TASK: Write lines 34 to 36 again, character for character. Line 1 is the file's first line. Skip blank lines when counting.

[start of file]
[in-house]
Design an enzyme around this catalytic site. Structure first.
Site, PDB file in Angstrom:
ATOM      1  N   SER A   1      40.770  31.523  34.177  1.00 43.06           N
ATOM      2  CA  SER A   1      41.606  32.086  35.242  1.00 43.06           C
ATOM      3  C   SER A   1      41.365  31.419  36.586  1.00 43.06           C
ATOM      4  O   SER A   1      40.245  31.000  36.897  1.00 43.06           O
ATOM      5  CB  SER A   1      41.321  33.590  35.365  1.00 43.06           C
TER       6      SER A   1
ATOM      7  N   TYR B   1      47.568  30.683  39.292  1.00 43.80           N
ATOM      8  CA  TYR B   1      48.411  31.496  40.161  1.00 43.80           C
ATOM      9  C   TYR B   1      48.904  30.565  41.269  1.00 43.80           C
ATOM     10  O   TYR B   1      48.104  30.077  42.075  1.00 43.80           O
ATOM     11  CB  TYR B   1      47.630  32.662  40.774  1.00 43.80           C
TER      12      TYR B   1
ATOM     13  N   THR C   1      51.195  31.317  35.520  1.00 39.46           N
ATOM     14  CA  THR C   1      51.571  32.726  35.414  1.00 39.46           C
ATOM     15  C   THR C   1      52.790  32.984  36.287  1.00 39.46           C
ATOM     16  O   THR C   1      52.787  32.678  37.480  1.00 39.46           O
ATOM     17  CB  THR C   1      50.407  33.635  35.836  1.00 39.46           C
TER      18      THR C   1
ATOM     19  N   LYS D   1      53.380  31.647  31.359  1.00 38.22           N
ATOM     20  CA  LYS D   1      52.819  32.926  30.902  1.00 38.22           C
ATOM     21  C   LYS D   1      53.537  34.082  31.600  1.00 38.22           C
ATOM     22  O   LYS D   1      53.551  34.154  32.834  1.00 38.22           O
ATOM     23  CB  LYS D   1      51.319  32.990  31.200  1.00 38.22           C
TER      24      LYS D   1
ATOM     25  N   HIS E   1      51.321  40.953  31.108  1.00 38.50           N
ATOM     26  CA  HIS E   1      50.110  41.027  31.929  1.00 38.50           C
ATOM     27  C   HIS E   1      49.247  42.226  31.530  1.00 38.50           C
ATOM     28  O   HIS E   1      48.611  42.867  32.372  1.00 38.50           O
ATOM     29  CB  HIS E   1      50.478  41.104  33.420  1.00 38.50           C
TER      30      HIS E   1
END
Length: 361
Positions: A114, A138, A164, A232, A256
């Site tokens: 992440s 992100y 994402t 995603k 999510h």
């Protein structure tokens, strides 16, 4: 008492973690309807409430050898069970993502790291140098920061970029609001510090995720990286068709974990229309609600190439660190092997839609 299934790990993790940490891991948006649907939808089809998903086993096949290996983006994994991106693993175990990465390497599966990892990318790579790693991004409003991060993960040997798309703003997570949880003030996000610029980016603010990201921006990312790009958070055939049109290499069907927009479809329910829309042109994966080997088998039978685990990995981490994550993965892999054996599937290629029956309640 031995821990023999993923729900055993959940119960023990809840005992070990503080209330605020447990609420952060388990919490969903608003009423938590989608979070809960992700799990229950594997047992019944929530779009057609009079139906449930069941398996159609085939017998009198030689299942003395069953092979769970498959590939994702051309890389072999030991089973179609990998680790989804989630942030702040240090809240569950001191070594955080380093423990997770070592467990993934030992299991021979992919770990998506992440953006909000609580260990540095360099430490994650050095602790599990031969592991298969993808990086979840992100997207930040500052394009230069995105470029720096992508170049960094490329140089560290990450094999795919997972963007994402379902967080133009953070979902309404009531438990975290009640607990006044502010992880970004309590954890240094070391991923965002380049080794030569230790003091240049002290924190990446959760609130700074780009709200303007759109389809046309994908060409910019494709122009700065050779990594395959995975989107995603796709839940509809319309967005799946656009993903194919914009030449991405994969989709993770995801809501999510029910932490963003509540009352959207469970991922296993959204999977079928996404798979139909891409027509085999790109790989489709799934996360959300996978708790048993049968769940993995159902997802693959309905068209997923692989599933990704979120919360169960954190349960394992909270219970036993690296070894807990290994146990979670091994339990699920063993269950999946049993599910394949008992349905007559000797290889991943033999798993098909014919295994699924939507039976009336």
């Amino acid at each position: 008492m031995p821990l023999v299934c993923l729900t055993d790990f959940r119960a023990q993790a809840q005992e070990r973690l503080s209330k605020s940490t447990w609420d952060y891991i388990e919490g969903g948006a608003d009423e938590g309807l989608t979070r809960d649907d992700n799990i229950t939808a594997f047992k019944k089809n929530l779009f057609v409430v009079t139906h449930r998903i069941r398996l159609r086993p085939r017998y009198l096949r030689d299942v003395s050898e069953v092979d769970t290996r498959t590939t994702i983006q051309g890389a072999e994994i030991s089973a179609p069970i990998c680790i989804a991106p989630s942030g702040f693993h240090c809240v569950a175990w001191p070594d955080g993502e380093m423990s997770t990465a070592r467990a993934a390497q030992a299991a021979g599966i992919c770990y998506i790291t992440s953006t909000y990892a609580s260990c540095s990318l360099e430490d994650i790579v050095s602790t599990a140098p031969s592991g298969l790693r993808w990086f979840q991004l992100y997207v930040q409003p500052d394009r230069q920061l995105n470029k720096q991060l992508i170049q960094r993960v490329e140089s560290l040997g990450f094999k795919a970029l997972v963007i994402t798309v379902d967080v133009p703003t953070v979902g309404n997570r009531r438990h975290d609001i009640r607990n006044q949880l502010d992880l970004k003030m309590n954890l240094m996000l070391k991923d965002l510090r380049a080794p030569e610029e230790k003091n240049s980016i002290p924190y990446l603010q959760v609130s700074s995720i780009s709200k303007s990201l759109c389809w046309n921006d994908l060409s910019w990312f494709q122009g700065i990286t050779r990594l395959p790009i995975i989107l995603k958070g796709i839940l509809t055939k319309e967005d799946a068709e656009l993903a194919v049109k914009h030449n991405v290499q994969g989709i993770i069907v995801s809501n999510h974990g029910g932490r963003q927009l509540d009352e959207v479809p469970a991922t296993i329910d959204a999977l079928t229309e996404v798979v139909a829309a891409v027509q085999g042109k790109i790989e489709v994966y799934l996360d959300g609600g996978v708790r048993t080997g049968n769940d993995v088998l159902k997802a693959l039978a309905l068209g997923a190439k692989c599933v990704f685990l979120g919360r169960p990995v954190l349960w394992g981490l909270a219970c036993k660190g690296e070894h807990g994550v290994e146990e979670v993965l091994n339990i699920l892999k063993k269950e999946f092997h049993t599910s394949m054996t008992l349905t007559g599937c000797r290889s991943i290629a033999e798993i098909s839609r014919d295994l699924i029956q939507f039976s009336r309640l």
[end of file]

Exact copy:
END
Length: 361
Positions: A114, A138, A164, A232, A256